Police dispatcher reveals impact of ‘horrific’ calls she has dealt with – Devon Live

A police call hander is bravely and honestly speaking out about the personal impact on her of 'horrific' incidents she deals with such as a pregnant woman losing a baby after being assaulted, and a mum reporting the sexual abuse of her child.

Despite not being frontline staff, Lisa Burnett - a resource deployment officer (RDO) - has been revealing in a blog how hard it can also be for those who are the the first point of contact when people ring in with an emergency.

Recently she revealed how an incident where a woman was assaulted by a man and then lost her baby was the most 'horrific' she has dealt with during her eight years of policing.

The 30 year old, of Exeter, said: "At first I was incredibly angry with the suspect involved, then as the shift came to an end, I found myself upset for the victim and her family. I didnt deal with the job, but I was asked to make the critical incident manager (CIM) aware of an arrest that had been made.

"I can't go into too much detail as theres a lot of investigation work going on around it, but I read the log because I was stupidly curious as I like to know what is going on in my area so to speak.

"As I read each line my heart sank and I felt like I should of been there, and should have done something. I know Im not a police officer, but I felt an instant connection to the victim, and not anything Ive really felt before as I've never been a victim of a horrendous crime."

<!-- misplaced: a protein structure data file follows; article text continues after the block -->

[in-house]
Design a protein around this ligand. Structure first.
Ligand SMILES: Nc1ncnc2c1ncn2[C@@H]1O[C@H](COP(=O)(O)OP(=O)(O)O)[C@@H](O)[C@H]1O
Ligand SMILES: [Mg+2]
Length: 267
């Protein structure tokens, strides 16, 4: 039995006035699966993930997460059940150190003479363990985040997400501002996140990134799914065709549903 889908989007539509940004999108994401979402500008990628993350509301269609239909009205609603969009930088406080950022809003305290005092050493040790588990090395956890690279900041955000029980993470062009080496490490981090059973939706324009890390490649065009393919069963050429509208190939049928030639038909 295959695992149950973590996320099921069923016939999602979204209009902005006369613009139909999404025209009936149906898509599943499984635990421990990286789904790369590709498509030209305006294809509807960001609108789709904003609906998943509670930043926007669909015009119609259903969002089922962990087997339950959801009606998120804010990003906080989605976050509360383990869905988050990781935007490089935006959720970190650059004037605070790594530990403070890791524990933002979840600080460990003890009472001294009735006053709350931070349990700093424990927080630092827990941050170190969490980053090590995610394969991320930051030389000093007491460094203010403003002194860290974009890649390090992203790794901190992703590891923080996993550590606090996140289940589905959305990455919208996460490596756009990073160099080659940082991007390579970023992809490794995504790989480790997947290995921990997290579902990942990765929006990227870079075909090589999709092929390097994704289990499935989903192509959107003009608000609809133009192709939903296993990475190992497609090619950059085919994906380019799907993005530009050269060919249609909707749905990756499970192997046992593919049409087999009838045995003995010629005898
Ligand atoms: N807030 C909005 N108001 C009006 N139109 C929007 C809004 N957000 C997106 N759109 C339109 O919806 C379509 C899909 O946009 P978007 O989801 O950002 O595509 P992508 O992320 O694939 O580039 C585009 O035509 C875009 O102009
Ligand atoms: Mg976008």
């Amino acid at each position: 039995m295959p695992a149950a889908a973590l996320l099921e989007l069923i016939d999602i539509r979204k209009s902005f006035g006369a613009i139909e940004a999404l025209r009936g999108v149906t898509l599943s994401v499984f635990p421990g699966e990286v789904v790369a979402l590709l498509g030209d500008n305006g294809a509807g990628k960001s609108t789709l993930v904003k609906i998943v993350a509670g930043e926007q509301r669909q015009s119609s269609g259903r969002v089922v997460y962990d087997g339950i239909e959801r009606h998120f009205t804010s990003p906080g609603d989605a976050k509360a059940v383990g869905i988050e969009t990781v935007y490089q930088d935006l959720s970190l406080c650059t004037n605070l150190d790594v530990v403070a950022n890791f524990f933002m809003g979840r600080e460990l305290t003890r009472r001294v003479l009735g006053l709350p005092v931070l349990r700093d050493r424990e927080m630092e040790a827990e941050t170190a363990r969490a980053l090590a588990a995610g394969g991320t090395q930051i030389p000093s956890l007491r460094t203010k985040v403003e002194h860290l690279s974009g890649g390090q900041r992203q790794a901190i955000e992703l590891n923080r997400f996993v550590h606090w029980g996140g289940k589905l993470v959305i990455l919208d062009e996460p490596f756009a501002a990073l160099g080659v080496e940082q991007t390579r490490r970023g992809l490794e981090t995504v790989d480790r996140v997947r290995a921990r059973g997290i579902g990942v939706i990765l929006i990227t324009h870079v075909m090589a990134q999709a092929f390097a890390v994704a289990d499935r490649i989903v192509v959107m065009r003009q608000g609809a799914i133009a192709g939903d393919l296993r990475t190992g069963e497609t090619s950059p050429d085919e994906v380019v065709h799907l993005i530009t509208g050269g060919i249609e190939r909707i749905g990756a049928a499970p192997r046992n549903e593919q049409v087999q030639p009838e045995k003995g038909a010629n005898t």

She continued: "When I went home, I went to bed and cried. I was trying to explain to my husband about the job and the emotions I was feeling, and then started to feel silly that I felt so sad for the female.

"I felt like I wanted to write a card to her and send her flowers, but I know I can't. I wanted to reach out and support her, but my job stopped me from doing that. I had to remain in the control room as a dispatcher and not get involved.

"I never get too involved in any job that I see, hear and read. Im quite good at separating work from home and not thinking too much about things.

"But on my days off I kept thinking about that poor woman and I did cry a few times over my days off. It was the only way I knew how to cope. I tweeted that I couldnt believe what I had just dealt with and I received so much support, even though I couldnt say what had happened.

"It was nice to know I had people out there, some even strangers, who cared about the job I did and who I was. On the other side of the coin, there were a handful of internet trolls.

"Some of them said that they disagreed with me, and that dispatching officers hearing calls and reading logs wouldnt affect me in the same way as someone on scene or being involved.

"To a small degree they are right, but that doesnt stop someone in my role developing mental health issues because of the job we do. I know several call handlers and RDOs who have either gone off sick or left because of the nature of the calls they have dealt with.

"When you work in the control room, you cannot see the incident unfolding, you can only hear it. Thats when your mind starts conjuring up a scenario of what the people look like and what is happening."

Lisa joined Devon and Cornwall police in 2012 as a call handler and specialised in taking crime complaints from members of the public and police officers. After four years she became an RDO.